Yes, they are, with the exception of my cousin’s family. They are stuck on the government guidelines and think everything the authorities say is absolutely true and based on science. My cousin chastises me and torments me, saying how bad it is for me to eat this way and then offers me some soy product because he’s convinced there’s nothing wrong with it. For the most part though, whenever someone questions me about my unusual diet, I simply open my mouth and scientific and medical jargon flies out, LOL. Then they usually want to know more and ask how they, too, can become healthier. Not all the time, but it’s often the case.

26. Is there anything you would like share about this way of eating that I have not already asked you?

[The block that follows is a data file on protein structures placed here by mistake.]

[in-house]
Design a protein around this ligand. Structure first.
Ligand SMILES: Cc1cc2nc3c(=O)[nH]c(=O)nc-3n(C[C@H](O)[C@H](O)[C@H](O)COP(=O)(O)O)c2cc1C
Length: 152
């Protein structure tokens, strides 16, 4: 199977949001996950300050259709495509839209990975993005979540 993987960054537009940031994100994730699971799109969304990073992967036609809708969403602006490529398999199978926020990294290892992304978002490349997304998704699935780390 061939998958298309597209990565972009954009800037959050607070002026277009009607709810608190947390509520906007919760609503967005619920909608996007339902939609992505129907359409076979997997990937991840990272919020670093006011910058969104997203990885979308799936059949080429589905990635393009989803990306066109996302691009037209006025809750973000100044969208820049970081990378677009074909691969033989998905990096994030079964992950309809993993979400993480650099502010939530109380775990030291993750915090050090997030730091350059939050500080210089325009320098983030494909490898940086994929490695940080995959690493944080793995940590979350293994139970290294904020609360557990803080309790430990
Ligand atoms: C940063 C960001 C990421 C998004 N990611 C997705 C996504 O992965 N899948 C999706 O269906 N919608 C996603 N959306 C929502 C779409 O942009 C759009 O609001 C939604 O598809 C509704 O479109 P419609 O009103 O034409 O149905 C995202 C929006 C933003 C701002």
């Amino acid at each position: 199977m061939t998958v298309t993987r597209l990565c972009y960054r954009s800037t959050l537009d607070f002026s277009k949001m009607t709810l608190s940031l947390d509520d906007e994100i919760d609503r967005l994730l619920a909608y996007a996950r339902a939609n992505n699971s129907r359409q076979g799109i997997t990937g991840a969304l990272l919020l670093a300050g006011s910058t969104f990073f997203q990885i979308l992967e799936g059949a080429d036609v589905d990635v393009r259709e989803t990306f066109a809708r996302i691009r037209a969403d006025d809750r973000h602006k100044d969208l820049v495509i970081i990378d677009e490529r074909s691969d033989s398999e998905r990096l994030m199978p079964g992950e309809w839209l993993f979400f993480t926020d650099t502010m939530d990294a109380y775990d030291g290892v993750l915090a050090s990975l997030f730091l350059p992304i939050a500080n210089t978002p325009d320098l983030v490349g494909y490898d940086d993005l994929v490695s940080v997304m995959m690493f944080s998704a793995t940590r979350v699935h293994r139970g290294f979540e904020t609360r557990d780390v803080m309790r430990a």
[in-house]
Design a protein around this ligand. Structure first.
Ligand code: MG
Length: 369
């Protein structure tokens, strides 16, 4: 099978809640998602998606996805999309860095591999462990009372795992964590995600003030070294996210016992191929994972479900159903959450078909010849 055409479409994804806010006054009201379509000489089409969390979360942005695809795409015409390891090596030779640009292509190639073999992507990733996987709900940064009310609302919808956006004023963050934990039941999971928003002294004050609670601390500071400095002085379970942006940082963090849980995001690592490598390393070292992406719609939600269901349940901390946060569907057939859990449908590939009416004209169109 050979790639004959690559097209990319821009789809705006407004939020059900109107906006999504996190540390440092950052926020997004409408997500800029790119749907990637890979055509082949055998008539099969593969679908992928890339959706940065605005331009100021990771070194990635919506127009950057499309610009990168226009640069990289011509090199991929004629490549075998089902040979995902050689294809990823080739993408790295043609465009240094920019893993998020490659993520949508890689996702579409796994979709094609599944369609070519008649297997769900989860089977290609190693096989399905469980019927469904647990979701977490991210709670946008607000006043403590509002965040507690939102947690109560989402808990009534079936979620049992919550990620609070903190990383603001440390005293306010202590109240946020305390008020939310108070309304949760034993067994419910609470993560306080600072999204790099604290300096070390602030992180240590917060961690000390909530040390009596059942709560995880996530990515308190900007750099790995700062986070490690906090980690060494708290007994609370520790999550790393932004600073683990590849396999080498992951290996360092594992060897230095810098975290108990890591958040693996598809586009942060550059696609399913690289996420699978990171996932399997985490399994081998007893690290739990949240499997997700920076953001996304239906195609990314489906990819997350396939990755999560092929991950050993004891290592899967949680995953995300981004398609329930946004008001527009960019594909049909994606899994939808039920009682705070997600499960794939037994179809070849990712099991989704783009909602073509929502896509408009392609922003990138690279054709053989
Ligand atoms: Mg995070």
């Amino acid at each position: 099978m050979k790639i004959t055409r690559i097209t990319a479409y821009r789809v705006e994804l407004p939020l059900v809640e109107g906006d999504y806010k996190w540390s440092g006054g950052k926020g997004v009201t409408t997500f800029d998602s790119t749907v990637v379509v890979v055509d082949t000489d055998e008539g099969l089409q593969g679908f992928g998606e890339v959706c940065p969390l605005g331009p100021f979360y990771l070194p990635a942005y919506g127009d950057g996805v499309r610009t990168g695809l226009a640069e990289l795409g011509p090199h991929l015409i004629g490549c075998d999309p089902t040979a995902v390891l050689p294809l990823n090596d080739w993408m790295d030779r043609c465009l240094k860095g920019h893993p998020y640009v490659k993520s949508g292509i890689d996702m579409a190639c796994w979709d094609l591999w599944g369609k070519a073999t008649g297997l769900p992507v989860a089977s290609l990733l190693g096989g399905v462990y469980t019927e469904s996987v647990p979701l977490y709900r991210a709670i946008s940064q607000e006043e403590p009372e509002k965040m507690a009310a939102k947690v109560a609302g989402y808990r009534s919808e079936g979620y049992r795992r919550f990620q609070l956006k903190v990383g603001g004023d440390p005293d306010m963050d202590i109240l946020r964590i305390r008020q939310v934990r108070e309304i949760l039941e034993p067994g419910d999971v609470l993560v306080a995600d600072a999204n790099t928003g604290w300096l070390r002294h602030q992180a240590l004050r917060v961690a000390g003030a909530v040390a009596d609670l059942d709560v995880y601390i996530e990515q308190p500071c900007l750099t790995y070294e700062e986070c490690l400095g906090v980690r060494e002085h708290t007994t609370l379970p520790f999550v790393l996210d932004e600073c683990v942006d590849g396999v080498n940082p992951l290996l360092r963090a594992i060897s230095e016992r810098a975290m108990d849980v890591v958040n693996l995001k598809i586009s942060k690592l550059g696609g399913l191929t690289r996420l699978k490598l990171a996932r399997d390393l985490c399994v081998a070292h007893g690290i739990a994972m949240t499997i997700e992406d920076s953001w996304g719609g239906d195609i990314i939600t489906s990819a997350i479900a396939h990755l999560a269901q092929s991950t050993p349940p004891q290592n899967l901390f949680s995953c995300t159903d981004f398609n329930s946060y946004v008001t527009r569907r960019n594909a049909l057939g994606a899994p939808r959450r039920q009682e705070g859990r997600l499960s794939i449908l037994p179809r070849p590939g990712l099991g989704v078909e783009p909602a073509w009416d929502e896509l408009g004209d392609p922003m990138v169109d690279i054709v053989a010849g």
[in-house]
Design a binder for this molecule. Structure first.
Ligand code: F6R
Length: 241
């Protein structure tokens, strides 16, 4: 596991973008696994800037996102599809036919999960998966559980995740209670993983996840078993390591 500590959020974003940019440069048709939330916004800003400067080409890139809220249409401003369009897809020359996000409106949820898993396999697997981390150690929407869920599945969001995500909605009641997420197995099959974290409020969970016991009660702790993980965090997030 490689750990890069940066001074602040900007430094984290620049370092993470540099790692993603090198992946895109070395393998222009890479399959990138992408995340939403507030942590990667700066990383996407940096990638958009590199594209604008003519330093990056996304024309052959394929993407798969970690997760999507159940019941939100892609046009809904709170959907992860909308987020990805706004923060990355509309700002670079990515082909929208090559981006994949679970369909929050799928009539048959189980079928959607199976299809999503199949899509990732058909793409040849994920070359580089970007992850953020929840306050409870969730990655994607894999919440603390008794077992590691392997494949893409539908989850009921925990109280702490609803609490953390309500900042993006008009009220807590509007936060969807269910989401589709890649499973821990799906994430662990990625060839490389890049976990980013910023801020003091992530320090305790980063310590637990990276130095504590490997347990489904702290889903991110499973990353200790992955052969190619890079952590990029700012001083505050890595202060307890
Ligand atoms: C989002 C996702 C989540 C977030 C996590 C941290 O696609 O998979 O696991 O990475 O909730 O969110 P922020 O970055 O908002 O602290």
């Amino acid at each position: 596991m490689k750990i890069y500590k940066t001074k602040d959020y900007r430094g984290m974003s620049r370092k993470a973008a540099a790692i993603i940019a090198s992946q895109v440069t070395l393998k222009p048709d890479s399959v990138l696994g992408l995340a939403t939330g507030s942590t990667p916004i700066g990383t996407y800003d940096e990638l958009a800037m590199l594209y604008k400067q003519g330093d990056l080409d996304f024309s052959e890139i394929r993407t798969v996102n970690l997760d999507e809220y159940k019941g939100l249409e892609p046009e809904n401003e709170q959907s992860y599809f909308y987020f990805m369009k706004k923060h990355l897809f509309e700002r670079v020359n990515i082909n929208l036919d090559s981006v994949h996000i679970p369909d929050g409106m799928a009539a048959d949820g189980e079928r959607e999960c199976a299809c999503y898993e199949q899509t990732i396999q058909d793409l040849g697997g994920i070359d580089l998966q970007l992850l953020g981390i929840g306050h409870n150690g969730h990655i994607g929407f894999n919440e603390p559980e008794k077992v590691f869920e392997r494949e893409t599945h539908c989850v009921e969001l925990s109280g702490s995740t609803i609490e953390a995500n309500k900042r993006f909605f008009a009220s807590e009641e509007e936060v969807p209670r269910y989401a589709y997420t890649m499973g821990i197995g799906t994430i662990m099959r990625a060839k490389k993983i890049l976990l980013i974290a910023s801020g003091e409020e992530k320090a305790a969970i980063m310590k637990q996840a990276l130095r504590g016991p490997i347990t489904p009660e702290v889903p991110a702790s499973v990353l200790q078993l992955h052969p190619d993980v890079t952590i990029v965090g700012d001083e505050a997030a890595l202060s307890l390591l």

This way of eating would be a fantastic community thing for areas which allow livestock. The group efforts of caring for the animals, the preparation of the meat, using animal hides for things, and other such practices would reduce our global impact. Plant cropping, plastics, and fossil fuels have a huge and negative impact on our planet, and one of the things which could help is restorative grazing, which gives us more meat while simultaneously restoring the land to lush forests and meadows. This is not currently part of the Carnivore-lifestyle, but many of the popular practitioners and promoters of a Low/No Carb diet, like Tim Noakes, are pointing out the environmental advantages of a diet based on meat from ruminants that are allowed to graze on the land naturally.